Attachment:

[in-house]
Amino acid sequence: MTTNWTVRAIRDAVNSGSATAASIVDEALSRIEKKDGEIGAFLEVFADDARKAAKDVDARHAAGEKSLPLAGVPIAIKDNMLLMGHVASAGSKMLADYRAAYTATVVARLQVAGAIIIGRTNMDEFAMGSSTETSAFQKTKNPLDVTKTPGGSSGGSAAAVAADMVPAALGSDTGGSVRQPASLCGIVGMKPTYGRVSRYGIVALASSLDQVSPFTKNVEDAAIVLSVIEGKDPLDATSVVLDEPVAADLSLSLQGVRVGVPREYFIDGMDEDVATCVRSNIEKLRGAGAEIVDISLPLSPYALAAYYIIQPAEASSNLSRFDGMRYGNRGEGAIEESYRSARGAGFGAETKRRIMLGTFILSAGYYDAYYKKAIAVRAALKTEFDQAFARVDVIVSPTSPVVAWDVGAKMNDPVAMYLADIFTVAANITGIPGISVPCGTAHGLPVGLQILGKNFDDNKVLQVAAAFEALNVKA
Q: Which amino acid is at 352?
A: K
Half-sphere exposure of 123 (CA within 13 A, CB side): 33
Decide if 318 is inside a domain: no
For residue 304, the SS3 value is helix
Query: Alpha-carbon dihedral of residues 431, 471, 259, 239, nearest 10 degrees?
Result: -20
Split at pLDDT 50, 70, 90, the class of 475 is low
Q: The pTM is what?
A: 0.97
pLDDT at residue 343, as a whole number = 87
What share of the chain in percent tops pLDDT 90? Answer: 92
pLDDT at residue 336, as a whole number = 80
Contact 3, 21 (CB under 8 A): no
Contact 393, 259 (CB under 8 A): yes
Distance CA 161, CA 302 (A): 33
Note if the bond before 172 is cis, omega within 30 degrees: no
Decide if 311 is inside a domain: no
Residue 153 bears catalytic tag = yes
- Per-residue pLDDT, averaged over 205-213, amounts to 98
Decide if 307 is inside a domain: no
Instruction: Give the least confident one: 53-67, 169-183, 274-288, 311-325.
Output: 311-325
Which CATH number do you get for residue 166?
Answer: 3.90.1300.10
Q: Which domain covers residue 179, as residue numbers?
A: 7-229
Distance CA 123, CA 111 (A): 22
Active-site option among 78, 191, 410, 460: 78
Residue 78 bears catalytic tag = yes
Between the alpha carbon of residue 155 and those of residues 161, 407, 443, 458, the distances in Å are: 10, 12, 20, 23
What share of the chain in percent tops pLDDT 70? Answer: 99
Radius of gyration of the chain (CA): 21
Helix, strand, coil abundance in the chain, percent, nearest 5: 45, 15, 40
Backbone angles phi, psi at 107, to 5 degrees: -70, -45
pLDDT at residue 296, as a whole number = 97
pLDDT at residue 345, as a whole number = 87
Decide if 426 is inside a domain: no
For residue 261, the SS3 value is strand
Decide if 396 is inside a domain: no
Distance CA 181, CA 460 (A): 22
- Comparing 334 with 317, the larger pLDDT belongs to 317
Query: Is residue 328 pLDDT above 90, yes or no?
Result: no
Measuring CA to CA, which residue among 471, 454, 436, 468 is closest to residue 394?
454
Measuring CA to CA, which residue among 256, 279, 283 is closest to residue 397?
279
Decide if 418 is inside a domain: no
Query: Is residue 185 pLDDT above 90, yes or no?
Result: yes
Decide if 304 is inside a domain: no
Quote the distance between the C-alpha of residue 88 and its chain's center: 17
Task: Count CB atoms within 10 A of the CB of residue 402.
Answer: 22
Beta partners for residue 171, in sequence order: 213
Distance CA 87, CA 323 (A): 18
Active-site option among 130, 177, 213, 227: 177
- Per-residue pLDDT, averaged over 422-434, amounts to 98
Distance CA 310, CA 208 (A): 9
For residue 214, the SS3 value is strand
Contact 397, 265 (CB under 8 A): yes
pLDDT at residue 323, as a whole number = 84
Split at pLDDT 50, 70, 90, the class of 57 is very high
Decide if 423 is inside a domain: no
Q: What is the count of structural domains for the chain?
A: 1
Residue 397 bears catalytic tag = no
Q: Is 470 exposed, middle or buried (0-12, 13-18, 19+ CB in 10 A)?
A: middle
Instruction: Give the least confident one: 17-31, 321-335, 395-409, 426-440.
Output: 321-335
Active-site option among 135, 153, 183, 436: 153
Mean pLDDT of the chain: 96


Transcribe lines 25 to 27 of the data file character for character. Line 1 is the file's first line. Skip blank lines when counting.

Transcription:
Output: 311-325
Which CATH number do you get for residue 166?
Answer: 3.90.1300.10